Just a few handy hints for those considering studying in Buenos Aires…
Universidad de San Andrés
It’s tiny. Try 8000 students, so only slightly different to Edinburgh. The cafeteria is particularly reminiscent of secondary school. It’s also a private university = an extremely skewed view on Argentine society, which has it advantages regarding number of cars per capita and amazing party venues but I know some students felt they were living in a bit of a bubble.
Student life is very different to the UK, with most of the students living at home. Saying this, they are all extremely friendly and organised many a fiesta/asado in our honour, helped along by an effective buddy system.
Extra-curricular activities have a predominantly sports focus, however, all sorts of community/art projects seemed to come out of the woodwork as we were leaving, so it’s worth asking.
Predominantly a business/political sciences university, the courses for straight language students (e.g. yours truly) are more limited and also tend to entail more work than the many of the business courses. However, only having to pass, it’s not too taxing.
I did eventually manage to find three that fitted to Edinburgh regulations and my timetable, with Literatura Latinoamerincana, Sintaxis y Semántica and Política Exterior Argentina. They were respectively interesting, a tad dull but useful and difficult yet worth it for coming away with a grounding in Argentine history. The University also offers a Spanish course for intercambio students (which won’t be counted in your credits for Edinburgh as a languages student).
The Year Abroad coordinator at San Andrés deserves a special mention for just how attentive she is. I don’t think anyone would quite understand unless they have experienced it but Carina definitely goes the extra mile. Any questions or worries will get an almost instant reply – maternal is putting it lightly! So prepare for lots of besitos…
There isn’t any student accommodation offered by San Andrés and although it’s in the provinces, most students tend to choose to rent an apartment in the centre of Buenos Aires. This does involve around an hour and a half journey to university (bus-train-walk, depending on where you live) but from my point of view, especially only being in 3 days a week, it was more than worth it. You get used to the trek in and there’s almost always someone to share it with PLUS there are enough advantages to inner city living to outweigh it (one of them being that it’s a lot of hassle to get back after a night out). Although rent is of course cheaper than in the UK, it is slightly higher for foreigners at about $450/month.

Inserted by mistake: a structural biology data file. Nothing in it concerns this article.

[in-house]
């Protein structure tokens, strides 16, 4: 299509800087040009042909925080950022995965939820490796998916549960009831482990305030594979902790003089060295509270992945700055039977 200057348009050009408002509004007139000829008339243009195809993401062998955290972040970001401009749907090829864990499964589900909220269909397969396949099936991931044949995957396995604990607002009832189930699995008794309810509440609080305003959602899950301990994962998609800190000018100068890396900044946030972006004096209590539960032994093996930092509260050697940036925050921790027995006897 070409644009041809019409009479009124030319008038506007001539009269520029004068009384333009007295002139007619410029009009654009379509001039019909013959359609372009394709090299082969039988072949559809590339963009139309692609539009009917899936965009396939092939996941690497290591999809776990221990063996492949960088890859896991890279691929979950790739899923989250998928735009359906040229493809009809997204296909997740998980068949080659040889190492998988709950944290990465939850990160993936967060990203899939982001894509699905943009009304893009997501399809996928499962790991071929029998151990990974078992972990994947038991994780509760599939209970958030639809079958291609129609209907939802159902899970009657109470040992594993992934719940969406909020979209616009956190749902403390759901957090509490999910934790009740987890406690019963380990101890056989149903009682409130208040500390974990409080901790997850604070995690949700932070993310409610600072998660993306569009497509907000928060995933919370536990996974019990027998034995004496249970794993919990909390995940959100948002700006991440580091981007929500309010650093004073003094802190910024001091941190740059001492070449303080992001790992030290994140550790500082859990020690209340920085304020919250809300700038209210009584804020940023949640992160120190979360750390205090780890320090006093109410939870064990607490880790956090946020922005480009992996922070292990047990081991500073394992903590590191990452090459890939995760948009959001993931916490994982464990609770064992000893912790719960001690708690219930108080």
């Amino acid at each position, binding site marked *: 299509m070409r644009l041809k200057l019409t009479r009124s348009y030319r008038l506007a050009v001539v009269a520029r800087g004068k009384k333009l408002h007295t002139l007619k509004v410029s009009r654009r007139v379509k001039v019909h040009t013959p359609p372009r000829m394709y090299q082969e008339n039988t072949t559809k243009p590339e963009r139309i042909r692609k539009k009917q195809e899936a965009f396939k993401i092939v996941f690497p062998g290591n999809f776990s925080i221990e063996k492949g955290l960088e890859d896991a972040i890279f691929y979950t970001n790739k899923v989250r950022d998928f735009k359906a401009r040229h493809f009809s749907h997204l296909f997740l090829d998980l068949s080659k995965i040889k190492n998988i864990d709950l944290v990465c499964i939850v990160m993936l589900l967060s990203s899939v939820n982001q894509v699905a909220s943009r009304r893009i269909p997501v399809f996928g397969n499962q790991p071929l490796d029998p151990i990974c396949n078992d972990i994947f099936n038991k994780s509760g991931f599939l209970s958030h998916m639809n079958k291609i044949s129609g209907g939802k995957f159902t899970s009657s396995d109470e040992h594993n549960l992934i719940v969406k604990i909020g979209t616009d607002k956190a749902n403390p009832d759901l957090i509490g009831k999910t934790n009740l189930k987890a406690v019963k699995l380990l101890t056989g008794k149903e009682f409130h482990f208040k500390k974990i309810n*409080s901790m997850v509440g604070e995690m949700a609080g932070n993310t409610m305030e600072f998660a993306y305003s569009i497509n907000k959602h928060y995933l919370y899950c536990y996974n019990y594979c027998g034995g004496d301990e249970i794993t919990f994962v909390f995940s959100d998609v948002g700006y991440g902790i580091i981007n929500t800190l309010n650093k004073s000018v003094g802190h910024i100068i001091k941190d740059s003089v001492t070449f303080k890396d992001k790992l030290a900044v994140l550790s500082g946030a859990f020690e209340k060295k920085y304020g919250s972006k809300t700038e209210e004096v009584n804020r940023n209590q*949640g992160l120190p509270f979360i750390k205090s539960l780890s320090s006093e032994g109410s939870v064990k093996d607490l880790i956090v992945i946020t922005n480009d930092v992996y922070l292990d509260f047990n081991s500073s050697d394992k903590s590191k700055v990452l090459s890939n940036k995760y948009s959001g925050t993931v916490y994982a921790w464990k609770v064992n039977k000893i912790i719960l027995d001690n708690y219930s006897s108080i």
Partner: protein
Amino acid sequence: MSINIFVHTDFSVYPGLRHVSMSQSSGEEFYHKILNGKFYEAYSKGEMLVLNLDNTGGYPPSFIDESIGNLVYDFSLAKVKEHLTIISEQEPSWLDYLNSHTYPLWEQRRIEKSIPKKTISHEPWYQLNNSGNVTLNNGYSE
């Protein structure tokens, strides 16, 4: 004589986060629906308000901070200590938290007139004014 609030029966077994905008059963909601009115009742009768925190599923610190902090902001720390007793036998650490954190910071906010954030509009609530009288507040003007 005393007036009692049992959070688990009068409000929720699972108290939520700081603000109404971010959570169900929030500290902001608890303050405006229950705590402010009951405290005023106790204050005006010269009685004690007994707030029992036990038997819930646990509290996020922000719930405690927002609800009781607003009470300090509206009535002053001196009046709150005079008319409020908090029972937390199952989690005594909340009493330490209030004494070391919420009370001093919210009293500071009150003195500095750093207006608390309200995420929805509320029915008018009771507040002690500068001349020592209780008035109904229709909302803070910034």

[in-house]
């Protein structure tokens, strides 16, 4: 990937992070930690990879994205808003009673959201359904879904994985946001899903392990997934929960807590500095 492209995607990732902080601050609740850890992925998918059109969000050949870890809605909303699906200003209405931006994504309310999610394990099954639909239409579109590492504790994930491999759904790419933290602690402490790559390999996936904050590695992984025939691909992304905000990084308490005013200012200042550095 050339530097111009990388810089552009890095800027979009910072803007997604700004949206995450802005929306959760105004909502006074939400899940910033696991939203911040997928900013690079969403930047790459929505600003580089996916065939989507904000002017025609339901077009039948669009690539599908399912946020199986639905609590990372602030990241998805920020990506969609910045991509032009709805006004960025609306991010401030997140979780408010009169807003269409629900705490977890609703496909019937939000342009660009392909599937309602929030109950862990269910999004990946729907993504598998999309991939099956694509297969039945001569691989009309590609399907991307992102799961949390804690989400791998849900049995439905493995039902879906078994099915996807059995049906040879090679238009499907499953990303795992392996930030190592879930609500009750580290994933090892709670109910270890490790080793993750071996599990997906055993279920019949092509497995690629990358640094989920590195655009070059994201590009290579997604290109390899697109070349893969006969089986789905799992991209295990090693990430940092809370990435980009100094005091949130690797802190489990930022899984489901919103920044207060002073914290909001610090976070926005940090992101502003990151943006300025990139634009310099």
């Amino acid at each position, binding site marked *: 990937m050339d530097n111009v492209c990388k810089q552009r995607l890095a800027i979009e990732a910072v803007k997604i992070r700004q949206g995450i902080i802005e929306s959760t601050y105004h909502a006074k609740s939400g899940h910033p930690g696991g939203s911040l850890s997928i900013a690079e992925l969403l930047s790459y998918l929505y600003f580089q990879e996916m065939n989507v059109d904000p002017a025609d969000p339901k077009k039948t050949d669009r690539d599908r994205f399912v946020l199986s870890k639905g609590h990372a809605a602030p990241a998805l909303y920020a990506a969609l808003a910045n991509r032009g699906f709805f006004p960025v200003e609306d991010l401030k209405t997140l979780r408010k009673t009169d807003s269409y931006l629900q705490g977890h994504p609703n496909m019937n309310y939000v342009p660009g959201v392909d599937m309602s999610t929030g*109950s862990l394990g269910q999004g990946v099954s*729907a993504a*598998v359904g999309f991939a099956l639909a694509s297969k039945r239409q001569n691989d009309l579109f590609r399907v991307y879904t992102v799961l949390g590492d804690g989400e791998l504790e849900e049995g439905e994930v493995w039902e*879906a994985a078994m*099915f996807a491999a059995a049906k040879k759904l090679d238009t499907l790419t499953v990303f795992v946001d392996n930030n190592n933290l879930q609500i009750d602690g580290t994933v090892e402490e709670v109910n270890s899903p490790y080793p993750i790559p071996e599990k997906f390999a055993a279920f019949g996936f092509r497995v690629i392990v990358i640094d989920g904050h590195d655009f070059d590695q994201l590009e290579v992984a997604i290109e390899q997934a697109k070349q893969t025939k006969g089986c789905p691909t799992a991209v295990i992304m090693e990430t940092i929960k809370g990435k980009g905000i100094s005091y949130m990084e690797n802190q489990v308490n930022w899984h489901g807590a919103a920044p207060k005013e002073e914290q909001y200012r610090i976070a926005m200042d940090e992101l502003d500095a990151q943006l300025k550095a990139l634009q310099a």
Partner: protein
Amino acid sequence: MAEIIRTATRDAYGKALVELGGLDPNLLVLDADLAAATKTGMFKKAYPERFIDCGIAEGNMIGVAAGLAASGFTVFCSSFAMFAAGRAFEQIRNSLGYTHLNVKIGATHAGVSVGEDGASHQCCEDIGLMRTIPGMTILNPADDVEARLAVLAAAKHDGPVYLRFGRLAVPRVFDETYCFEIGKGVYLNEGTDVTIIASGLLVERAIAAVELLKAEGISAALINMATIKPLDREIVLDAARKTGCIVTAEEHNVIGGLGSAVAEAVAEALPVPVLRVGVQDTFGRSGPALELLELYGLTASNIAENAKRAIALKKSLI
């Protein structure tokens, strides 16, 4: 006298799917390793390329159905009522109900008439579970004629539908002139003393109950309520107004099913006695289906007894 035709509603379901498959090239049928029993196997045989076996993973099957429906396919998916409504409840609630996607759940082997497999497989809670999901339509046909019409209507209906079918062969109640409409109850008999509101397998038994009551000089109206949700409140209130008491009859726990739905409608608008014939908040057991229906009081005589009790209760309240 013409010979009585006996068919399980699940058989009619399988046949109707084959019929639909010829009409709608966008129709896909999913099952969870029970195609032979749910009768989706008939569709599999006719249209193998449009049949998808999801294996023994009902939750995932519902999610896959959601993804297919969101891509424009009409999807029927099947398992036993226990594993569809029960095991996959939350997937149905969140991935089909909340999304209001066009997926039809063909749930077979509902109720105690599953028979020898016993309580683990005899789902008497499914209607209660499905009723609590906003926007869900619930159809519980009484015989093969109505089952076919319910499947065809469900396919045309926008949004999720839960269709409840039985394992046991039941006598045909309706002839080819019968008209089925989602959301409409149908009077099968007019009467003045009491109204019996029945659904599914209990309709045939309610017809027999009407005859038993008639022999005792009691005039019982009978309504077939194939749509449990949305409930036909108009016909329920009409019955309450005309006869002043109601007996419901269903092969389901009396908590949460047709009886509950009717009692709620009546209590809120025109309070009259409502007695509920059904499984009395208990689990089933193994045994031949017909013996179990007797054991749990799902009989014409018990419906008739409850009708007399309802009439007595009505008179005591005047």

Area wise, you want to be looking in Belgrano (home to closest train stop), Palermo (centre of the action although you have to bus it to Belgrano) or Recoleta (slightly more upmarket, gorgeous neighbourhood but again transport links not as good). There were students who chose to live with host families nearer to San Andrés, from whom I heard nothing but glowing reports also.
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I just want to end on reiterating what an incredible opportunity it is to study in South America. Unlike Spain, it’s not an Easyjet flight away and although that might seem daunting, it is so SO worth it to discover a truly different culture and people. Security is a big concern for many people, however, although I witnessed a fair share of petty thefts, I wasn’t affected at all and it comes down to being careful, as you would in any city. Buenos Aires is vibrant, exciting and, with the pound currently worth 6 pesos, very cheap. With the possibility to travel the rest of Argentina and the surrounding countries, you are guaranteeing yourself a rich and rewarding study abroad. I was extremely sad to leave and could honestly imagine myself living in a little Palermo flat in the future. So please GO, you won’t regret it, I promise! Any questions you might have, don’t hesitate to contact me.